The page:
Every day people use multiple social networks and cloud-based services, from Facebook and Twitter to Dropbox and Google Drive. Tampa, FL-based startup KiteDesk is looking to make it easy for users to switch between email, apps and social networks with its new platform, which aims to bring online services together as streams of information and eliminate the need to constantly switch between browser tabs.
Launched in private beta this summer, KiteDesk combines shared documents, emails, and social media posts as one stream of updates, right now letting users connect to Dropbox, Facebook, Google Apps and Twitter. Users can build different streams, for example one for their Facebook and personal email, and one for their Twitter and business email, as well as filter messages to create custom streams around a project or event. They can also reply to emails, Tweets and Facebook posts from within their KiteDesk account.
KiteDesk CEO Jack Kennedy calls switching between cloud services and other apps “cloud-flipping,” and said he built KiteDesk as a way to create a more integrated user experience. “If you really think about all of these different applications, a lot of them have a few really common concepts that are built in,” Kennedy said. “We thought that there was an opportunity to potentially go after giving individual users an application that lets them get access to all the information that they personally have access to…in one great interface that would knock down the walls between different applications and different silos.”
The company originally launched in private beta in May 2012 with several hundred enterprise users, and only allowed users to connect their Google Apps account. Feedback from those testers was that they wanted to be able to connect other services, so Kennedy and co-founder Jared Rodriguez relaunched the private beta in August to target anyone who uses Twitter, Facebook, Google Apps or Dropbox at home or at work. The site is free for all users right now, but as they start integrating more services like Salesforce, Microsoft Exchange and Box, they plan to introduce paid accounts based on how many services a user wants to connect.
Today the company also announced its integration with FullContact, which provides contact management application programming interfaces (APIs). The integration means that beyond being able to view emails and other updates in KiteDesk, the service also tries to give a Rapportive-style lens into other interactions with a given person, such as showing the latest Tweets and Facebook updates from a friend, or past emails they’ve sent.
KiteDesk isn’t the first company to try to add context and more streamlined access to a user’s online accounts, and there are similar cloud aggregation services like Jolicloud, CloudMagic and Primadesk. Others tackling simplifying a user’s online activity include social media inbox Engagio, which tracks replies, comments and other social media updates from platforms like Google+ and Facebook comments, and Rapportive, now owned by LinkedIn, which gives users information about email contacts in their inbox. There’s also Dispatch, which similarly aims to connect a user’s cloud services, but is more focused on letting team members discuss files than being used as a personal inbox.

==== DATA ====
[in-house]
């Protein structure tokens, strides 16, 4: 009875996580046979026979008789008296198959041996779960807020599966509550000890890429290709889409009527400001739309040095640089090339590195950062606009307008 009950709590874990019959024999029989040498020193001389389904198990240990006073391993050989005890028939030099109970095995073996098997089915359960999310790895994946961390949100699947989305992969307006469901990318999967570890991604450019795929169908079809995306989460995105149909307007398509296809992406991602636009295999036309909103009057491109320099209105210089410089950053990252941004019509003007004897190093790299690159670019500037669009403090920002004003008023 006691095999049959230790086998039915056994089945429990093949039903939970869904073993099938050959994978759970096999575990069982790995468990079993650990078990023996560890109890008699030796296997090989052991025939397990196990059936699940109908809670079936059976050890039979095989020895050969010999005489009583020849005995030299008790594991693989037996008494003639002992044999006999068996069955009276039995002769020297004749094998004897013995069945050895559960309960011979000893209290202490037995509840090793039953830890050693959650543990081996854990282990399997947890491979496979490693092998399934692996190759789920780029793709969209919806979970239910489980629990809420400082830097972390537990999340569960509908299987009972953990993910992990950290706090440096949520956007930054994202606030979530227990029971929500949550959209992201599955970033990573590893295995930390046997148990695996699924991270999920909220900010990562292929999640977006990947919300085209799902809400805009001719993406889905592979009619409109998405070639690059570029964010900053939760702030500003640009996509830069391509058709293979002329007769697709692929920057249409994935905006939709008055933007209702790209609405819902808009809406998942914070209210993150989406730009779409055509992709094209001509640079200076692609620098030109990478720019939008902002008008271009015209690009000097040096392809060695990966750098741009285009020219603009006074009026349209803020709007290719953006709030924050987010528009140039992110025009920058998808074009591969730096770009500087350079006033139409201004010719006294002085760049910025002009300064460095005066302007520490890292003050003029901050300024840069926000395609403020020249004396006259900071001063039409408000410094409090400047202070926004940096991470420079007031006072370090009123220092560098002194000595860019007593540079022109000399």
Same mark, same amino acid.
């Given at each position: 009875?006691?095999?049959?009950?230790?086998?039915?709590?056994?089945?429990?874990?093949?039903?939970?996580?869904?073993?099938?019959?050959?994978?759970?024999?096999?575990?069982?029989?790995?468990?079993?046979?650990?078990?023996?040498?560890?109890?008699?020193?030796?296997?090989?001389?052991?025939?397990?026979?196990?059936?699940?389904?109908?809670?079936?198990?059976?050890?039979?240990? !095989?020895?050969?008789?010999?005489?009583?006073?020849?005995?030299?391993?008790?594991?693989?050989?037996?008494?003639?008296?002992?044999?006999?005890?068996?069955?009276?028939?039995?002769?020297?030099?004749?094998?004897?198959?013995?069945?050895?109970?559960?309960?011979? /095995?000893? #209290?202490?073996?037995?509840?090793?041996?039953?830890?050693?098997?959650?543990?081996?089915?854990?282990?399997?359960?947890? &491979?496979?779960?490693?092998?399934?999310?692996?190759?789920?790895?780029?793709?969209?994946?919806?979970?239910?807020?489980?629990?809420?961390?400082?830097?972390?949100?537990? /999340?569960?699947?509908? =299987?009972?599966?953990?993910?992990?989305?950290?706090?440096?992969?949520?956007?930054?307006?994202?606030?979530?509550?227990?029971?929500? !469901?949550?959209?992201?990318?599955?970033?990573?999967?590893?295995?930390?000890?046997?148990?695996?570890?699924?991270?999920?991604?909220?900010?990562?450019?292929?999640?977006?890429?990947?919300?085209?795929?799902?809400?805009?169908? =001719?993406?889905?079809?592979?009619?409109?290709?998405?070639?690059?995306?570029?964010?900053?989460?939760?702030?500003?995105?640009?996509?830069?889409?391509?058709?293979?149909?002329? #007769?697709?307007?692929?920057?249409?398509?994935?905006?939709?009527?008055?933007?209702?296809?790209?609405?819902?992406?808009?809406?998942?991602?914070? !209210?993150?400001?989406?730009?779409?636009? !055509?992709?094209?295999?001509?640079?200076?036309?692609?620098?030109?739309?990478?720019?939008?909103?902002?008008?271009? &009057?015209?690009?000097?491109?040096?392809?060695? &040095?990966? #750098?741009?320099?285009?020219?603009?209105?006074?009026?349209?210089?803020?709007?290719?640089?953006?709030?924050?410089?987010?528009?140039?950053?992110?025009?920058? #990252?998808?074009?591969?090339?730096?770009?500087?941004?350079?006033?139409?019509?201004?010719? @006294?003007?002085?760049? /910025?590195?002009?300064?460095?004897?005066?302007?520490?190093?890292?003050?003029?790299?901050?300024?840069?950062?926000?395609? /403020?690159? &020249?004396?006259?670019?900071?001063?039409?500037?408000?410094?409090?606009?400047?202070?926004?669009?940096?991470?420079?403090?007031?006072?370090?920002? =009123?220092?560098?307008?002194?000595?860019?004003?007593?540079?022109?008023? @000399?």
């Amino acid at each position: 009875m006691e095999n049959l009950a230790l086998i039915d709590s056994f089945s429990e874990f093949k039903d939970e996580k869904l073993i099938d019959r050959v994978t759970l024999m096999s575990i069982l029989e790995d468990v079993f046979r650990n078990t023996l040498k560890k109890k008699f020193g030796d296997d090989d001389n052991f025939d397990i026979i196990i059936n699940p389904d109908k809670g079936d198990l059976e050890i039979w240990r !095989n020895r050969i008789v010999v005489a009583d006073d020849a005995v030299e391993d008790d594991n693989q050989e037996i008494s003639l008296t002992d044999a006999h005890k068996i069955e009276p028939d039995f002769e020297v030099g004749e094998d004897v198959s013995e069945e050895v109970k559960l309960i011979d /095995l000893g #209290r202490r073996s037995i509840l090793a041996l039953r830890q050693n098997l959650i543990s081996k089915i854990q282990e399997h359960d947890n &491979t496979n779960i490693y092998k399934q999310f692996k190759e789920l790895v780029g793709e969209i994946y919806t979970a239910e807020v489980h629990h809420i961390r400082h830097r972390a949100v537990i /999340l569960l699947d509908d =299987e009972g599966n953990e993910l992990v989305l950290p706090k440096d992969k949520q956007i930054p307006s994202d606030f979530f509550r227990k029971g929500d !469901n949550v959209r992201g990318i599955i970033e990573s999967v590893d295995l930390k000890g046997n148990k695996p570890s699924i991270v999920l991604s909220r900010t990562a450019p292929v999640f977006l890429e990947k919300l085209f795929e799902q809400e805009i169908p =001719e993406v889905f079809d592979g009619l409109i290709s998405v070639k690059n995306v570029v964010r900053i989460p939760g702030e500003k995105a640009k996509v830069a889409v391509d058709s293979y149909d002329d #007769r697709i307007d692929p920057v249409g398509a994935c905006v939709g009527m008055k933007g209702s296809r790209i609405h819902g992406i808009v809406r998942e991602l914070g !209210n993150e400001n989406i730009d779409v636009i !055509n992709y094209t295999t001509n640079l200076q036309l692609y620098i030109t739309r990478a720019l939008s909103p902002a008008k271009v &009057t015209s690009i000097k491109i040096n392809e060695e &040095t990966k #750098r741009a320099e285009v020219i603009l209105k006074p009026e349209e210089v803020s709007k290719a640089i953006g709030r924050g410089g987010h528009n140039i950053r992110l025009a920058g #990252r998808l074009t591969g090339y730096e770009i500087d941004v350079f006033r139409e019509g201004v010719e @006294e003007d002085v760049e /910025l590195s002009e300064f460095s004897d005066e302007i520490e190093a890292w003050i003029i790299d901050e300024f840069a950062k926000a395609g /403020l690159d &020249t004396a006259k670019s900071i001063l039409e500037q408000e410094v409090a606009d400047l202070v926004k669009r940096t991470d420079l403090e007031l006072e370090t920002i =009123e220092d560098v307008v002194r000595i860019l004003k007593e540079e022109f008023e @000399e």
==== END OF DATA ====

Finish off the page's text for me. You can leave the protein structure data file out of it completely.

Kennedy believes KiteDesk’s streams feature is its most unique feature, and they’ll soon let users share streams with their colleagues, moving more towards a team collaboration model. He also said their focus on files, calendar events and messaging, whether via email or social networks, is what sets them apart. “We think that going very broadly to include all of the different concepts we include is really what’s most compelling to consumers as opposed to our competition,” he said, adding that he believes apps like Cue (formerly Greplin) focus on calendar events, and services like Primadesk and Jolicloud tackle cloud service aggregation but not messaging and contact management (though Cue does allow users to connect their email and social accounts as well as their calendar). “We think that what really sets us apart is that we identified that what people really want is an application that’s focused on them as an individual consumer.”
The company is planning to launch an iOS application shortly, and an Android app in 2013. Tackling the disparate information in the average user’s daily life and organizing it in a cohesive and interactive way is helpful, but KiteDesk is only one of several companies tackling the information overload problem. Adding additional enterprise-focused services should help it cater to an enterprise-level audience, the group most likely to pay for a way to organize their day.